Ever since he burst onto the scene in 2010, B.o.B has come to be known as one of hip hop's Renaissance men thanks to a versatile flow and a wide-ranging list of producers and instrumentation.
On his latest mixtape, No Genre 2, the Grand Hustle MC embraces his propensity for boundless sonic experimentation while still managing to keep it hip hop. Where many southern hip hop artists rely on booming bass and 808s, Bobby Ray refrained from going too heavy on the drums, opting instead to incorporate guitar and keys for his latest.
The introductory song "Mission Statement" served almost as an overture with B.o.B switching up the tempo as well as his flow to give the listener a taste of what's to come.
The "Airplanes" MC blends hip hop and blues on songs like the Kevin Gates-assisted "Lambo" and "Follow Me." Bobby even shows off his R&B skills on the latter, singing over the guitar-laden track which he produced himself.
Sonically, he kept NG2 relatively tame in comparison to his earlier works, though he did turn up briefly on the mixtape's few party songs, like "Drunk AF," which features a solid verse from L.A. crooner Ty Dolla $ign, and the N4-produced "So What."
"When you see me, I'm probably faded/When I'm drinking, then I'm probably wasted/And if you a stranger smoking' my weed upm, you in violation/Intoxicated so my eyes are glazed up and dilated/And all that's on my mind is a fine dime that I could have relations with tonight/Not tomorrow 'cause tomorrow's not tonight/And tomorrow's never promised so I'm gettin' right tonight," Bobby raps.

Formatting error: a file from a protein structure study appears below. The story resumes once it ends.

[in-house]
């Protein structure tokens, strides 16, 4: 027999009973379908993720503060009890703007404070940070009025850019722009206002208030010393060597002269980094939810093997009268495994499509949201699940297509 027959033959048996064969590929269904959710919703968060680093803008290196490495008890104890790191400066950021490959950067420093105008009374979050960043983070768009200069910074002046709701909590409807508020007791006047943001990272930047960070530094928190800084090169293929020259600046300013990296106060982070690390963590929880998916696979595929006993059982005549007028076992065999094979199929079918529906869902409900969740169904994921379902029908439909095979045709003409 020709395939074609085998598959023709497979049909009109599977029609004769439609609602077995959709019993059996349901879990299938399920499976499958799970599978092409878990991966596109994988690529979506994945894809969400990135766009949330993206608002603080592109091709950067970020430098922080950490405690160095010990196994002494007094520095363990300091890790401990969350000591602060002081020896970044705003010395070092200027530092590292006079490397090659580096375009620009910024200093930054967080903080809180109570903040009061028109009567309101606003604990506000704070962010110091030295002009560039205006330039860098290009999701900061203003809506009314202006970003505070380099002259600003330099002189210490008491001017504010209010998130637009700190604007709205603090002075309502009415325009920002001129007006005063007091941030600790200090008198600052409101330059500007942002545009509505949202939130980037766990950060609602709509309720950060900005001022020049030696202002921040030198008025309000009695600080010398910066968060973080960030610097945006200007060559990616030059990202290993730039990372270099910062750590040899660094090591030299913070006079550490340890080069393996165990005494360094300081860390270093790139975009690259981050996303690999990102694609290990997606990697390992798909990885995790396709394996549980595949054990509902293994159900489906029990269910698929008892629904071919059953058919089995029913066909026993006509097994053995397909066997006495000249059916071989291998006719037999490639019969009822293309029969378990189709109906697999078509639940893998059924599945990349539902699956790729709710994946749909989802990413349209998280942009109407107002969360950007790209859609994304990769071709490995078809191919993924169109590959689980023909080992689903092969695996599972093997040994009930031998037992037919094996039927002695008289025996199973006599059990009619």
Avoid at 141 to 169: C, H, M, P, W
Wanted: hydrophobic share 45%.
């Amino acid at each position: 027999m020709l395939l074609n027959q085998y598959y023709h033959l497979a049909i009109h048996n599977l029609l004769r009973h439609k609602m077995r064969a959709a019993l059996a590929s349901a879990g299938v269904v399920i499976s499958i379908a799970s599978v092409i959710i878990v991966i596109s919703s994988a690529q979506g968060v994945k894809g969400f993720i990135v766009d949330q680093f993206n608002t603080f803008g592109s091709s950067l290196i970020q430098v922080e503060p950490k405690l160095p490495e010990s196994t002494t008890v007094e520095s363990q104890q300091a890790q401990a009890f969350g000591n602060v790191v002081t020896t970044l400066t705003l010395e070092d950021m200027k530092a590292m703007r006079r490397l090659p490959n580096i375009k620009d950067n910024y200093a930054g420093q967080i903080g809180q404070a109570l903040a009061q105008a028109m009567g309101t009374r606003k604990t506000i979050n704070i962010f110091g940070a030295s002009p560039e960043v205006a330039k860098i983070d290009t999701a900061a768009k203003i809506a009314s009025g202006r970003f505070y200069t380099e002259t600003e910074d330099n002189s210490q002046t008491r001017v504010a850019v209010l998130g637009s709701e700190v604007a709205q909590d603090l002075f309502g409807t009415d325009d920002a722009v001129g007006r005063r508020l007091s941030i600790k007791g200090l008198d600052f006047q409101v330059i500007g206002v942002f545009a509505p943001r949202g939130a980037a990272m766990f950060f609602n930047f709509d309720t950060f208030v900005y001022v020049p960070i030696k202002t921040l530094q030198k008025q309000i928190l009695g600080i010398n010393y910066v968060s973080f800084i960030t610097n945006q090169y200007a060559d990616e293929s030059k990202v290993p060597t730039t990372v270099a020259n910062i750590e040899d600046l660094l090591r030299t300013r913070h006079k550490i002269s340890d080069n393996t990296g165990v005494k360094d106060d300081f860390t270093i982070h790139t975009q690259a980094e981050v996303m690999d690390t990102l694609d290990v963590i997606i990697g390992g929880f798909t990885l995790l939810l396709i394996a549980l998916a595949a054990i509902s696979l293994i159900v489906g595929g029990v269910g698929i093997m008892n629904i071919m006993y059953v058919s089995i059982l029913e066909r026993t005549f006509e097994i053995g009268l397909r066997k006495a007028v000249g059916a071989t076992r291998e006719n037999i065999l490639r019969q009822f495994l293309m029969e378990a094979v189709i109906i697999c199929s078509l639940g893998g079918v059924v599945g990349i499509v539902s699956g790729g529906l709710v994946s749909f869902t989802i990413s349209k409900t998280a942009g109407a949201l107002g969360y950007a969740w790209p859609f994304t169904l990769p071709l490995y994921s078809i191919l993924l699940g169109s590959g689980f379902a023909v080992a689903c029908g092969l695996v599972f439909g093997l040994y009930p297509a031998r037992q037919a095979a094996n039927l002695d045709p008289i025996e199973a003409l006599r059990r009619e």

Topically, NG2 was all over the place, yet still managed connection from track to track, particularly towards the end with songs like "Swing My Way," B.o.B's take on the '90s hit of the same name featuring rising songstress Sevyn Streeter, and the mellow "Lean on Me," on which Bobby Ray is offering words of encouragement while Victoria Monet's vocals complement the synth-heavy beat.
The mixtape flowed well, and at 14 songs (including two skits), it was the perfect length. It also ended on a high note with the T.I.-assisted "Chosen," which was one of the best and most commercial-friendly cuts. B.o.B could have done without filler tracks like "Forget" and "Get Right," the latter of which served as a less dynamic version of his 2012 hit "So Good," but even those were palatable.
Overall, No Genre 2 serves as an extension of B.o.B's unspoken objective, which is to be different from what's out. As an artist and producer, he takes on new territory with every record, only regressing for the occasional radio hit to lure people in. Though he remains hip hop through and through, B.o.B's NG2 has a universal sound that will keep genre lines blurred for years to come.
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(Photo: Atlantic Records)